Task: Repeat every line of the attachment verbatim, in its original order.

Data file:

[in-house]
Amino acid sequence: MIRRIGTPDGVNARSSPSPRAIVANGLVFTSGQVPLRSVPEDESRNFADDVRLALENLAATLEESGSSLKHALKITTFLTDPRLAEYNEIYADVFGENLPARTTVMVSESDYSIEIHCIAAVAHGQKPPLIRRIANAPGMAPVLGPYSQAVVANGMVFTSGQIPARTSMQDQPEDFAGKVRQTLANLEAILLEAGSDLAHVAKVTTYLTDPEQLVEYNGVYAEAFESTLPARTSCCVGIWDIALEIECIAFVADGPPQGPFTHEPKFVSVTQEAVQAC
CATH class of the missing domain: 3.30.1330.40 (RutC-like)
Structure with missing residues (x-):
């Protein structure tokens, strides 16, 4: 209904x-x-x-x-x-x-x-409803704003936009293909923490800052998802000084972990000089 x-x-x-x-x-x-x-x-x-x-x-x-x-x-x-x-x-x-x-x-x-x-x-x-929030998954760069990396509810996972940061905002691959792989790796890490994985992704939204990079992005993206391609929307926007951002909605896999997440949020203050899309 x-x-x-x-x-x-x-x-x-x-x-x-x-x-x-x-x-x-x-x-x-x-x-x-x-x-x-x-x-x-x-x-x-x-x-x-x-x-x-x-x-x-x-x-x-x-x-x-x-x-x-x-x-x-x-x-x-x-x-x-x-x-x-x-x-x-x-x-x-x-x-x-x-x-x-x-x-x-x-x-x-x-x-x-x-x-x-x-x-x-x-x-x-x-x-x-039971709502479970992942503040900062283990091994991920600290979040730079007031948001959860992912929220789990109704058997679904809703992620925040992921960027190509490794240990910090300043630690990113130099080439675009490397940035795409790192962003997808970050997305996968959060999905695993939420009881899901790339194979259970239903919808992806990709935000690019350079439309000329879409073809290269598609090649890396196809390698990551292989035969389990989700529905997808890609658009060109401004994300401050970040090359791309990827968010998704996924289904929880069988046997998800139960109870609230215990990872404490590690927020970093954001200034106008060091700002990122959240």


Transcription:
[in-house]
Amino acid sequence: MIRRIGTPDGVNARSSPSPRAIVANGLVFTSGQVPLRSVPEDESRNFADDVRLALENLAATLEESGSSLKHALKITTFLTDPRLAEYNEIYADVFGENLPARTTVMVSESDYSIEIHCIAAVAHGQKPPLIRRIANAPGMAPVLGPYSQAVVANGMVFTSGQIPARTSMQDQPEDFAGKVRQTLANLEAILLEAGSDLAHVAKVTTYLTDPEQLVEYNGVYAEAFESTLPARTSCCVGIWDIALEIECIAFVADGPPQGPFTHEPKFVSVTQEAVQAC
CATH class of the missing domain: 3.30.1330.40 (RutC-like)
Structure with missing residues (x-):
């Protein structure tokens, strides 16, 4: 209904x-x-x-x-x-x-x-409803704003936009293909923490800052998802000084972990000089 x-x-x-x-x-x-x-x-x-x-x-x-x-x-x-x-x-x-x-x-x-x-x-x-929030998954760069990396509810996972940061905002691959792989790796890490994985992704939204990079992005993206391609929307926007951002909605896999997440949020203050899309 x-x-x-x-x-x-x-x-x-x-x-x-x-x-x-x-x-x-x-x-x-x-x-x-x-x-x-x-x-x-x-x-x-x-x-x-x-x-x-x-x-x-x-x-x-x-x-x-x-x-x-x-x-x-x-x-x-x-x-x-x-x-x-x-x-x-x-x-x-x-x-x-x-x-x-x-x-x-x-x-x-x-x-x-x-x-x-x-x-x-x-x-x-x-x-x-039971709502479970992942503040900062283990091994991920600290979040730079007031948001959860992912929220789990109704058997679904809703992620925040992921960027190509490794240990910090300043630690990113130099080439675009490397940035795409790192962003997808970050997305996968959060999905695993939420009881899901790339194979259970239903919808992806990709935000690019350079439309000329879409073809290269598609090649890396196809390698990551292989035969389990989700529905997808890609658009060109401004994300401050970040090359791309990827968010998704996924289904929880069988046997998800139960109870609230215990990872404490590690927020970093954001200034106008060091700002990122959240």